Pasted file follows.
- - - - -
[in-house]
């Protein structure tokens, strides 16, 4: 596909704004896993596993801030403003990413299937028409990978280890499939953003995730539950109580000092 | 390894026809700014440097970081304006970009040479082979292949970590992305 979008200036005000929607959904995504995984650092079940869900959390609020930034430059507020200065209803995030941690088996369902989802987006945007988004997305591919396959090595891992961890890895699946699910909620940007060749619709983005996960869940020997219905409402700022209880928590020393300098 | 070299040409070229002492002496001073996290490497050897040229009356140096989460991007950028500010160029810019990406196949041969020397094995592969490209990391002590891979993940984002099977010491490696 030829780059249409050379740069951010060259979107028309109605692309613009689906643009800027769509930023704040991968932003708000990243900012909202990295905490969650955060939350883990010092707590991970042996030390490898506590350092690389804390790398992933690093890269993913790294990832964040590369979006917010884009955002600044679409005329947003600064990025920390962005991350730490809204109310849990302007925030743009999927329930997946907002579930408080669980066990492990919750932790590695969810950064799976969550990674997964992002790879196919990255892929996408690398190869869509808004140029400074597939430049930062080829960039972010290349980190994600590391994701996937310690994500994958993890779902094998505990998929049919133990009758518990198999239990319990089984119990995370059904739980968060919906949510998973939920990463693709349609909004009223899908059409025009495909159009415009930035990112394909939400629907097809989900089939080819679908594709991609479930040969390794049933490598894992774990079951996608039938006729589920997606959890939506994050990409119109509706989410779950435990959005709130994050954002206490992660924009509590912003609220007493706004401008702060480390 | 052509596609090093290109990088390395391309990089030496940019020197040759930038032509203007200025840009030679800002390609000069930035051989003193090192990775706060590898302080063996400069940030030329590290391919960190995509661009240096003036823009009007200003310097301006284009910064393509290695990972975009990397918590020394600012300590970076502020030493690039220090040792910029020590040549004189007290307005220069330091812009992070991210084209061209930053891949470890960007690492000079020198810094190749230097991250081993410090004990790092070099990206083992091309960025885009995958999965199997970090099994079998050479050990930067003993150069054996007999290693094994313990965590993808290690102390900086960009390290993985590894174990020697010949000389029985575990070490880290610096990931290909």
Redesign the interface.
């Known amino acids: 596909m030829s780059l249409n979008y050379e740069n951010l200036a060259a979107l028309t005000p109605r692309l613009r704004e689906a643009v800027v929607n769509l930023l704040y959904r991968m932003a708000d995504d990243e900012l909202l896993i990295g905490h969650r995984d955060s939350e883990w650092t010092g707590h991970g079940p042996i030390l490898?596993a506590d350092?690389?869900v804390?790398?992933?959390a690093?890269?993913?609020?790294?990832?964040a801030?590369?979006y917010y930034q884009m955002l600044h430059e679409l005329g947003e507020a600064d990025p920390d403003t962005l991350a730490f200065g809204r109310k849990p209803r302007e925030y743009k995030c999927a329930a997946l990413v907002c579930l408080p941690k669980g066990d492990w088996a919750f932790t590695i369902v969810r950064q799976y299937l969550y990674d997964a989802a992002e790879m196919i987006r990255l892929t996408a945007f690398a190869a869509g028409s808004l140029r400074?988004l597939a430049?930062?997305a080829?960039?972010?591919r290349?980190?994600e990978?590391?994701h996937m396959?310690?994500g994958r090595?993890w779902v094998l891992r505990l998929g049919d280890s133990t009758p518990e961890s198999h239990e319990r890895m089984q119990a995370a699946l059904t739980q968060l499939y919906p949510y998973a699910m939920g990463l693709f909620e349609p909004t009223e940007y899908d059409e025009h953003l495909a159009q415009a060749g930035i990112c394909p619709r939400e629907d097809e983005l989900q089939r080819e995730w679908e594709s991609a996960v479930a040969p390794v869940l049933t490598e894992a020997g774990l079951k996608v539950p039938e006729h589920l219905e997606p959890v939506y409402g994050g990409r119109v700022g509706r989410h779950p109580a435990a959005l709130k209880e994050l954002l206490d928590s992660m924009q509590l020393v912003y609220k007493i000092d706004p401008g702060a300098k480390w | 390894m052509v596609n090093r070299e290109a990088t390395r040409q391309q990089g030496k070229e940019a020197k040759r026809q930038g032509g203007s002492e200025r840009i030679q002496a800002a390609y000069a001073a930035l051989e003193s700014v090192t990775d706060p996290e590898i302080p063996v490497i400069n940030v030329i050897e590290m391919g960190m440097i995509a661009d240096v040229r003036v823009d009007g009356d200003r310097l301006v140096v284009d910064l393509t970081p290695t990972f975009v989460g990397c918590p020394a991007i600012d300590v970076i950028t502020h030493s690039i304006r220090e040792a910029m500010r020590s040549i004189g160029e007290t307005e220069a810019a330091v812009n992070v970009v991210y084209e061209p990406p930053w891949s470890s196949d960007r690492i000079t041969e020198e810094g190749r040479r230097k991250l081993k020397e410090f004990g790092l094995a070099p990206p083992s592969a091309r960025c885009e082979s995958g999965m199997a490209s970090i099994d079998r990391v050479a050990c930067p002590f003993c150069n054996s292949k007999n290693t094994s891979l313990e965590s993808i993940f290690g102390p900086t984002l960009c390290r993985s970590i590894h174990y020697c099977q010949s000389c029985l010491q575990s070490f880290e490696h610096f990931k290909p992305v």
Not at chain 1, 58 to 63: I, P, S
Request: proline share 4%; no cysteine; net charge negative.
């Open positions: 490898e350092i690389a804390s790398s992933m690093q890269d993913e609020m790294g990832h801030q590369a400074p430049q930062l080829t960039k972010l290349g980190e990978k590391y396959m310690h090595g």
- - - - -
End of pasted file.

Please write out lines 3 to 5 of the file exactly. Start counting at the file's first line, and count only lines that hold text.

Redesign the interface.
């Known amino acids: 596909m030829s780059l249409n979008y050379e740069n951010l200036a060259a979107l028309t005000p109605r692309l613009r704004e689906a643009v800027v929607n769509l930023l704040y959904r991968m932003a708000d995504d990243e900012l909202l896993i990295g905490h969650r995984d955060s939350e883990w650092t010092g707590h991970g079940p042996i030390l490898?596993a506590d350092?690389?869900v804390?790398?992933?959390a690093?890269?993913?609020?790294?990832?964040a801030?590369?979006y917010y930034q884009m955002l600044h430059e679409l005329g947003e507020a600064d990025p920390d403003t962005l991350a730490f200065g809204r109310k849990p209803r302007e925030y743009k995030c999927a329930a997946l990413v907002c579930l408080p941690k669980g066990d492990w088996a919750f932790t590695i369902v969810r950064q799976y299937l969550y990674d997964a989802a992002e790879m196919i987006r990255l892929t996408a945007f690398a190869a869509g028409s808004l140029r400074?988004l597939a430049?930062?997305a080829?960039?972010?591919r290349?980190?994600e990978?590391?994701h996937m396959?310690?994500g994958r090595?993890w779902v094998l891992r505990l998929g049919d280890s133990t009758p518990e961890s198999h239990e319990r890895m089984q119990a995370a699946l059904t739980q968060l499939y919906p949510y998973a699910m939920g990463l693709f909620e349609p909004t009223e940007y899908d059409e025009h953003l495909a159009q415009a060749g930035i990112c394909p619709r939400e629907d097809e983005l989900q089939r080819e995730w679908e594709s991609a996960v479930a040969p390794v869940l049933t490598e894992a020997g774990l079951k996608v539950p039938e006729h589920l219905e997606p959890v939506y409402g994050g990409r119109v700022g509706r989410h779950p109580a435990a959005l709130k209880e994050l954002l206490d928590s992660m924009q509590l020393v912003y609220k007493i000092d706004p401008g702060a300098k480390w | 390894m052509v596609n090093r070299e290109a990088t390395r040409q391309q990089g030496k070229e940019a020197k040759r026809q930038g032509g203007s002492e200025r840009i030679q002496a800002a390609y000069a001073a930035l051989e003193s700014v090192t990775d706060p996290e590898i302080p063996v490497i400069n940030v030329i050897e590290m391919g960190m440097i995509a661009d240096v040229r003036v823009d009007g009356d200003r310097l301006v140096v284009d910064l393509t970081p290695t990972f975009v989460g990397c918590p020394a991007i600012d300590v970076i950028t502020h030493s690039i304006r220090e040792a910029m500010r020590s040549i004189g160029e007290t307005e220069a810019a330091v812009n992070v970009v991210y084209e061209p990406p930053w891949s470890s196949d960007r690492i000079t041969e020198e810094g190749r040479r230097k991250l081993k020397e410090f004990g790092l094995a070099p990206p083992s592969a091309r960025c885009e082979s995958g999965m199997a490209s970090i099994d079998r990391v050479a050990c930067p002590f003993c150069n054996s292949k007999n290693t094994s891979l313990e965590s993808i993940f290690g102390p900086t984002l960009c390290r993985s970590i590894h174990y020697c099977q010949s000389c029985l010491q575990s070490f880290e490696h610096f990931k290909p992305v």
Not at chain 1, 58 to 63: I, P, S